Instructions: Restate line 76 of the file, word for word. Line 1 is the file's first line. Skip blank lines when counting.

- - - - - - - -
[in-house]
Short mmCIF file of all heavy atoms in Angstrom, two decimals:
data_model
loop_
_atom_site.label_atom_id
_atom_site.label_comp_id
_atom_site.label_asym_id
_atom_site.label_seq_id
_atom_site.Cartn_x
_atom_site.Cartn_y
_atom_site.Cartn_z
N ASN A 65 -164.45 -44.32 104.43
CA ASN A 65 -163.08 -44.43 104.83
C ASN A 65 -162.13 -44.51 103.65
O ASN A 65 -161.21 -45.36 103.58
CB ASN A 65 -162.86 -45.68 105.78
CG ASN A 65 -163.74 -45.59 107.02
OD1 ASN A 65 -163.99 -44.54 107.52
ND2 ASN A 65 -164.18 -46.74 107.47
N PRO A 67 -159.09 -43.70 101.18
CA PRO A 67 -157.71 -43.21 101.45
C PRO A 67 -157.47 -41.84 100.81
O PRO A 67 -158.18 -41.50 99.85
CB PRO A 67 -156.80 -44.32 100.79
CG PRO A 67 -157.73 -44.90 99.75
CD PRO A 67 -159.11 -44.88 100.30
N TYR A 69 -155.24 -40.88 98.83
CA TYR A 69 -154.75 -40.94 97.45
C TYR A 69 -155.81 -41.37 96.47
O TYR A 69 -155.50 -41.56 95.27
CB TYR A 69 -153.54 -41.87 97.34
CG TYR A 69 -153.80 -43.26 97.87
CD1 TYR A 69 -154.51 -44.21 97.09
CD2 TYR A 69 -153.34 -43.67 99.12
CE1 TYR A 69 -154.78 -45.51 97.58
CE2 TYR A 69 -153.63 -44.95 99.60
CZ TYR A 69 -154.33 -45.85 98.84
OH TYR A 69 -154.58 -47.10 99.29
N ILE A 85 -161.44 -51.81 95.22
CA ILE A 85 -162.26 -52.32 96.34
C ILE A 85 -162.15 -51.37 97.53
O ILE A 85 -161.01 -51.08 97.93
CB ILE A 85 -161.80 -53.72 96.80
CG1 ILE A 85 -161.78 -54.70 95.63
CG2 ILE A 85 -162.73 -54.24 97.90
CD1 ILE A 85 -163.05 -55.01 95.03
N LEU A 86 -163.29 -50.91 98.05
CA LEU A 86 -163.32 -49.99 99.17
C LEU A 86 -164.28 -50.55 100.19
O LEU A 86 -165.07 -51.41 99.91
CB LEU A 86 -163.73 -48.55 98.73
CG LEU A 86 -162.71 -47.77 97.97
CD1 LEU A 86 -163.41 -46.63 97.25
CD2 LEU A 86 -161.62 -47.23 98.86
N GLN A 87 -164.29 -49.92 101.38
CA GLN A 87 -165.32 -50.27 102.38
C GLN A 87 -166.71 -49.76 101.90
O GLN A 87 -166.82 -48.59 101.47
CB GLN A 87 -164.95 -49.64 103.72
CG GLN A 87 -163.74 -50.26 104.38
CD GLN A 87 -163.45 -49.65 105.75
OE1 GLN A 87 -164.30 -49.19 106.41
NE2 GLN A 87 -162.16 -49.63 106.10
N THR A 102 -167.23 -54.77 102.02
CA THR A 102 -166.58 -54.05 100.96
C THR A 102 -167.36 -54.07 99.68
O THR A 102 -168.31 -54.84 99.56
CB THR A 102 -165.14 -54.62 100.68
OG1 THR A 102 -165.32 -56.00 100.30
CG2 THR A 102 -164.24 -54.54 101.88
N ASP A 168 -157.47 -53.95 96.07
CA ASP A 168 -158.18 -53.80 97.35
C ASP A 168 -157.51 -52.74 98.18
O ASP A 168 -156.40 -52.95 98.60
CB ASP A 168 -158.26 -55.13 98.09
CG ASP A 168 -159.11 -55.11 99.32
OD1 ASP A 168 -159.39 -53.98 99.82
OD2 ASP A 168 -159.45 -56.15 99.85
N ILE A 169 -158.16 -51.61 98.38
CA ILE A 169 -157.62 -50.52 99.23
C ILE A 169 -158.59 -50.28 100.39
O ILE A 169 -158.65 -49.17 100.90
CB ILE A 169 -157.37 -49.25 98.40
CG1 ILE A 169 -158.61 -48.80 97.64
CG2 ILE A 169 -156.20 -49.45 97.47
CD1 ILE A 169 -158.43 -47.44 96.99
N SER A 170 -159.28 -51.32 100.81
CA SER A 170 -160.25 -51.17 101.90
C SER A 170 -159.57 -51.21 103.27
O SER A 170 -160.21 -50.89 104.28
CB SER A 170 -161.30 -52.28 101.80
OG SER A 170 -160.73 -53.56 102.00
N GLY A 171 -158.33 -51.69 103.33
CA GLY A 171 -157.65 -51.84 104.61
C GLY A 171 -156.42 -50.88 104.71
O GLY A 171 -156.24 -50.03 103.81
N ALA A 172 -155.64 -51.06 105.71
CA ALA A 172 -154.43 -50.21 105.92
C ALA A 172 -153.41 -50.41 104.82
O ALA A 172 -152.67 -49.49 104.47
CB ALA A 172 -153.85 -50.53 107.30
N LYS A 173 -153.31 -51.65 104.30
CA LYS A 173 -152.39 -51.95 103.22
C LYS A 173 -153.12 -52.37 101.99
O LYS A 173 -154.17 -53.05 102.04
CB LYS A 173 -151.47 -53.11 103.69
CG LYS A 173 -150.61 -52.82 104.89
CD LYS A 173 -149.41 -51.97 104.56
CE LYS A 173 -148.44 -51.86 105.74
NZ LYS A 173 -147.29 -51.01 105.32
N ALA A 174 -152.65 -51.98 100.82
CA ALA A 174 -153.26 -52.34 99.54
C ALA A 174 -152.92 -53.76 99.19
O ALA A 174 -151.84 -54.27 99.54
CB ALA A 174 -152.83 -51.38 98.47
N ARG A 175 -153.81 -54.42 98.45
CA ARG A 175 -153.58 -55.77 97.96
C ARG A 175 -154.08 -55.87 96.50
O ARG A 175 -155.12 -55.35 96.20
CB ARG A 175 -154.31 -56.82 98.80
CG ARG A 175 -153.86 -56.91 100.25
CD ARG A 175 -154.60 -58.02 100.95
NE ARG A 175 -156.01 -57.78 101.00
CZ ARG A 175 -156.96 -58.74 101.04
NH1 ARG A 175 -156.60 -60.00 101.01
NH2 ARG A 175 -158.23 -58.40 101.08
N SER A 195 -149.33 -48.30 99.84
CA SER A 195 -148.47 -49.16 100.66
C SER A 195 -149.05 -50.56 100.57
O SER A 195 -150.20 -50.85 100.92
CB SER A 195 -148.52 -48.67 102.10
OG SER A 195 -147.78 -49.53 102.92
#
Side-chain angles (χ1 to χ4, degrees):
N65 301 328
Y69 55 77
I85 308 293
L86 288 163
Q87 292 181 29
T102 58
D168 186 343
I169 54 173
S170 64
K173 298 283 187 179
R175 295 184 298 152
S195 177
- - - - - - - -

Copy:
CG ASP A 168 -159.11 -55.11 99.32